The documentary follows Jazz’s journey as she was embarking on the award-winning 2019 web series Jessica’s Tree, which pays reflective tribute to the eponymous friend whose life she could not save.

Girl on the Bridge is being released internationally on September 21 – online so viewers can watch it privately – and taps into the “how” of suicide prevention.

Which, alongside behind-the-scenes work to increase mental health funding the world over, lies in the conversations we have with each other, says Jazz.

We need to have conversations beyond the basic, “How are you? Good” exchanges, she says.

“Start saying how you’re really feeling, start telling people and keep saying it until someone listens.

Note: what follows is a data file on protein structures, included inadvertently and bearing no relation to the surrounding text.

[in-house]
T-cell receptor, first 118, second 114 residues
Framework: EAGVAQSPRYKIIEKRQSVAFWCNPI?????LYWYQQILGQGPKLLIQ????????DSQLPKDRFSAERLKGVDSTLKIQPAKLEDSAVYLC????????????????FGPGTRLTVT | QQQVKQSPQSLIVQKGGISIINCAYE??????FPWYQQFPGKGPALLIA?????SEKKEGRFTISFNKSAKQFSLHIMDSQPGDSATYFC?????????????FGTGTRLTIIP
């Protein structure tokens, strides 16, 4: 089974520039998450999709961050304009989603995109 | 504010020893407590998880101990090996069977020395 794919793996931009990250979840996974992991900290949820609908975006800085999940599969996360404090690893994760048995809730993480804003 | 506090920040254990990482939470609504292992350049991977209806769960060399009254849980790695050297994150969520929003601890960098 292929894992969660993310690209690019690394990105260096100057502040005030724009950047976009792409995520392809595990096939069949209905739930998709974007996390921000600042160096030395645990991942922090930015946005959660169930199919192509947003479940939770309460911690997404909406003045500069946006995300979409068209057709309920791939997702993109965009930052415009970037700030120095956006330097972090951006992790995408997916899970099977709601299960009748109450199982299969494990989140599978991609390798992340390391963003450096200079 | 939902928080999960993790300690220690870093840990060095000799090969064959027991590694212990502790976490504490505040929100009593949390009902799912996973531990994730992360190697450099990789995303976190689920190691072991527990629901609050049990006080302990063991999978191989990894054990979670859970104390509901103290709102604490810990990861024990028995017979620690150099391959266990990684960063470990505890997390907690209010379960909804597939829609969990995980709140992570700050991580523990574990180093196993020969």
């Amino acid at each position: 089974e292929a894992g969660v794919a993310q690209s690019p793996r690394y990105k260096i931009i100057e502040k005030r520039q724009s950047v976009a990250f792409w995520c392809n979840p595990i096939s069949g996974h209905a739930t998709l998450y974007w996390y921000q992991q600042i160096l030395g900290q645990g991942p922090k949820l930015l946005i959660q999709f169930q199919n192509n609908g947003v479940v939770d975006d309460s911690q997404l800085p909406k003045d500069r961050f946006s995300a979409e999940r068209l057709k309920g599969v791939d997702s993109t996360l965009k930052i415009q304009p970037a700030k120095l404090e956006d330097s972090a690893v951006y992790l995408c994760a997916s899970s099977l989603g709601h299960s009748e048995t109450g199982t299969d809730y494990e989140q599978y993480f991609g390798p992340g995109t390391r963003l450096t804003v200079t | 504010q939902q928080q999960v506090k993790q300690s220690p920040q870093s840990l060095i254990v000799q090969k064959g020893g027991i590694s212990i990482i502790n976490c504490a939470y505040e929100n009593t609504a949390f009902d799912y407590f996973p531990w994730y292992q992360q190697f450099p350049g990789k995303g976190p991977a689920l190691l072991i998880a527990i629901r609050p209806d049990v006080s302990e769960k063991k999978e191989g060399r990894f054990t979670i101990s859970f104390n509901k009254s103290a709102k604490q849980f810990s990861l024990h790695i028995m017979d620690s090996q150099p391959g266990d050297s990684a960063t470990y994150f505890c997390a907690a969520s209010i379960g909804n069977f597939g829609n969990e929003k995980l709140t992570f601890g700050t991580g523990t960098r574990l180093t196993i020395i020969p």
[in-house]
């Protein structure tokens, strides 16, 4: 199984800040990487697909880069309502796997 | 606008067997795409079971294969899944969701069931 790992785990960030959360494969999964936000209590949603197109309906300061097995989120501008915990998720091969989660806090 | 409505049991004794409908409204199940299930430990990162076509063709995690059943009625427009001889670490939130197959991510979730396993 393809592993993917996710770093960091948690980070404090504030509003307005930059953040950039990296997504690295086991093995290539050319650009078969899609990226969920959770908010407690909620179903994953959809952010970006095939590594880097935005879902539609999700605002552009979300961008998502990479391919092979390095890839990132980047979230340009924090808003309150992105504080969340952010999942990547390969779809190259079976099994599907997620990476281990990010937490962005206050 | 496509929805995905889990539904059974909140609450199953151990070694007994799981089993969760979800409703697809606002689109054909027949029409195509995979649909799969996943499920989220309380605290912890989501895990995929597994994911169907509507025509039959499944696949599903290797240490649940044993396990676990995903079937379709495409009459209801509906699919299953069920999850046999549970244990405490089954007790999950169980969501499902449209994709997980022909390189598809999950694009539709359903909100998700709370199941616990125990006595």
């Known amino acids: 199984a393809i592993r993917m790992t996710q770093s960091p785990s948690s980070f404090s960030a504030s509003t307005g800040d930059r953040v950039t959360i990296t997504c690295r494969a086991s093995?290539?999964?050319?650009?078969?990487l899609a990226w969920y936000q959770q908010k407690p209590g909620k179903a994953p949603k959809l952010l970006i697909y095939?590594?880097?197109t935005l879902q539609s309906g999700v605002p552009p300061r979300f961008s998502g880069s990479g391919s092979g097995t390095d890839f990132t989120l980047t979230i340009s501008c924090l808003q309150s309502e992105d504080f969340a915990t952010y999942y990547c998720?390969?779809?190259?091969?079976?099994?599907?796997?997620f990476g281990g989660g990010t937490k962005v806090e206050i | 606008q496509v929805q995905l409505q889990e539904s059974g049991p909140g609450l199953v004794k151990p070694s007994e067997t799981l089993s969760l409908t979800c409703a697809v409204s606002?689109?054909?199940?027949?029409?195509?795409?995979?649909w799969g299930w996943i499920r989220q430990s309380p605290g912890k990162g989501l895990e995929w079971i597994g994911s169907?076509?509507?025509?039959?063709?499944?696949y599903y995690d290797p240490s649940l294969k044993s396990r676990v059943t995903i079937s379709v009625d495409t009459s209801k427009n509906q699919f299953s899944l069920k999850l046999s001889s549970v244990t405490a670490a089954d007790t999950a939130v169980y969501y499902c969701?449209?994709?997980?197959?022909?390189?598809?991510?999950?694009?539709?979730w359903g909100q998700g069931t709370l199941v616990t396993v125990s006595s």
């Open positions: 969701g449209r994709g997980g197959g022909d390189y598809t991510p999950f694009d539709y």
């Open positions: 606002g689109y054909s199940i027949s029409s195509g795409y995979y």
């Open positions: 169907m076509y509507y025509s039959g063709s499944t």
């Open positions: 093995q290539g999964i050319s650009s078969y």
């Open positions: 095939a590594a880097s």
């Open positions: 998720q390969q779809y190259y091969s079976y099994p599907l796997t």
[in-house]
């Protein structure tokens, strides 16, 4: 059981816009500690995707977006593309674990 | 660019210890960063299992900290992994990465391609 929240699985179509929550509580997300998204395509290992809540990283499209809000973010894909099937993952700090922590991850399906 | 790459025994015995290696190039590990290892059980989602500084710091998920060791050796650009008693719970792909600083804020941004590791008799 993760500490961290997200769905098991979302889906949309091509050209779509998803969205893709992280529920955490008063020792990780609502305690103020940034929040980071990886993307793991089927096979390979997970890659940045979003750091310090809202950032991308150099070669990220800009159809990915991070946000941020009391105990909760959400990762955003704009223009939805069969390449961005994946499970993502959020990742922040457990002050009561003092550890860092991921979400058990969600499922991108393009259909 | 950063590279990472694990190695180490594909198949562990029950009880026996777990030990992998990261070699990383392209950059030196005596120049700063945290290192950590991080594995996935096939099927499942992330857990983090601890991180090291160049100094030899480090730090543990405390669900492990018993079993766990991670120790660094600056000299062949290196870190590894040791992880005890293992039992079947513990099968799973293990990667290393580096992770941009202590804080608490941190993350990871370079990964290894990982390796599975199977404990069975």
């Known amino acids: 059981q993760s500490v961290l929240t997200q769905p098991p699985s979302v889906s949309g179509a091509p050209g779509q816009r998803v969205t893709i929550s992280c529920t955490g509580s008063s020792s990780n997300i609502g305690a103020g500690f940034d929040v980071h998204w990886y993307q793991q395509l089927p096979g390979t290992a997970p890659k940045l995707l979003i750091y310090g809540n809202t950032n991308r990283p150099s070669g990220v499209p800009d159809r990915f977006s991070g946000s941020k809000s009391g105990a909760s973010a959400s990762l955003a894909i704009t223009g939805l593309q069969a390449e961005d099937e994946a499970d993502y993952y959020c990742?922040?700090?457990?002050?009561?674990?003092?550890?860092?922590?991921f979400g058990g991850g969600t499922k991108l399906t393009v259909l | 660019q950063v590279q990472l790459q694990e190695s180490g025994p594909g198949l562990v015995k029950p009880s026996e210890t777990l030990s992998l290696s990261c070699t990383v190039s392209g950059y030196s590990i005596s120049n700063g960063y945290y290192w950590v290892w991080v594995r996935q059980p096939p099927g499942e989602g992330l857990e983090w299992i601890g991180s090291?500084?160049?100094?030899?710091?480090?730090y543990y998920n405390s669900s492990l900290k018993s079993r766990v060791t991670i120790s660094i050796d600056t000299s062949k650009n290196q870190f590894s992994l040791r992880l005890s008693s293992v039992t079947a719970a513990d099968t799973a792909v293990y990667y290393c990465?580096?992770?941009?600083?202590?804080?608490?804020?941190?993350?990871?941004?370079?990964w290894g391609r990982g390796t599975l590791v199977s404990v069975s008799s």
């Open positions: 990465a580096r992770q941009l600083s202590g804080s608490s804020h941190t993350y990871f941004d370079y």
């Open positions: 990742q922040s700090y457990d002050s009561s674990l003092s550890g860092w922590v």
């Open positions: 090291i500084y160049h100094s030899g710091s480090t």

“Don’t try and do it by yourself. Talking to people is the biggest and best thing you can do.”

When Jazz was a teenager dealing with dark times, there were very few conversations happening on the subject.

“I don’t remember really ever talking about it growing up. I think we might have had one health class on it in school, but it was not something we ever talked about.

“For so many years I felt like I was the only one. John Kirwan, when he came out with his story it was the first time I thought, ‘Oh this is actually something’.”

Seeing these conversations change and stigma be lifted is encouraging, she says.

“Seeing people willing to ask for help is incredible to see.

“I will always keep sharing my story so people begin to understand the reality of mental health and suicide in our country.”

Jazz hopes the film not only brings people together but allows them to understand, “they might not be able to change the entire world, but they can change someone’s world.”

Watch the documentary at
www.girlonthebridgefilm.com


 

Building workplace wellbeing